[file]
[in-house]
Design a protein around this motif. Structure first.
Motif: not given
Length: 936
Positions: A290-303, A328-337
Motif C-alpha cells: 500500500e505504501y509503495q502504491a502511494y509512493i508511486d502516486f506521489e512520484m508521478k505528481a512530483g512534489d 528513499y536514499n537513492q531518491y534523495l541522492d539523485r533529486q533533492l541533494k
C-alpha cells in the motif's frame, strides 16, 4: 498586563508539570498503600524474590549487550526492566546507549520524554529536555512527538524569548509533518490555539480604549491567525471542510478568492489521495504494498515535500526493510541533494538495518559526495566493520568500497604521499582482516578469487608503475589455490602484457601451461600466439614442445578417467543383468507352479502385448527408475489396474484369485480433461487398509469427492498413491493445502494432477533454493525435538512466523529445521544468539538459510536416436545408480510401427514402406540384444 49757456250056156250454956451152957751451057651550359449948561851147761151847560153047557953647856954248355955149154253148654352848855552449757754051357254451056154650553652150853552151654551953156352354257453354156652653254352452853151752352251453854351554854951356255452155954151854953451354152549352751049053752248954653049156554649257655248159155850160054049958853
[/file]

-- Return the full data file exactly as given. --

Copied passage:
[in-house]
Design a protein around this motif. Structure first.
Motif: not given
Length: 936
Positions: A290-303, A328-337
Motif C-alpha cells: 500500500e505504501y509503495q502504491a502511494y509512493i508511486d502516486f506521489e512520484m508521478k505528481a512530483g512534489d 528513499y536514499n537513492q531518491y534523495l541522492d539523485r533529486q533533492l541533494k
C-alpha cells in the motif's frame, strides 16, 4: 498586563508539570498503600524474590549487550526492566546507549520524554529536555512527538524569548509533518490555539480604549491567525471542510478568492489521495504494498515535500526493510541533494538495518559526495566493520568500497604521499582482516578469487608503475589455490602484457601451461600466439614442445578417467543383468507352479502385448527408475489396474484369485480433461487398509469427492498413491493445502494432477533454493525435538512466523529445521544468539538459510536416436545408480510401427514402406540384444 49757456250056156250454956451152957751451057651550359449948561851147761151847560153047557953647856954248355955149154253148654352848855552449757754051357254451056154650553652150853552151654551953156352354257453354156652653254352452853151752352251453854351554854951356255452155954151854953451354152549352751049053752248954653049156554649257655248159155850160054049958853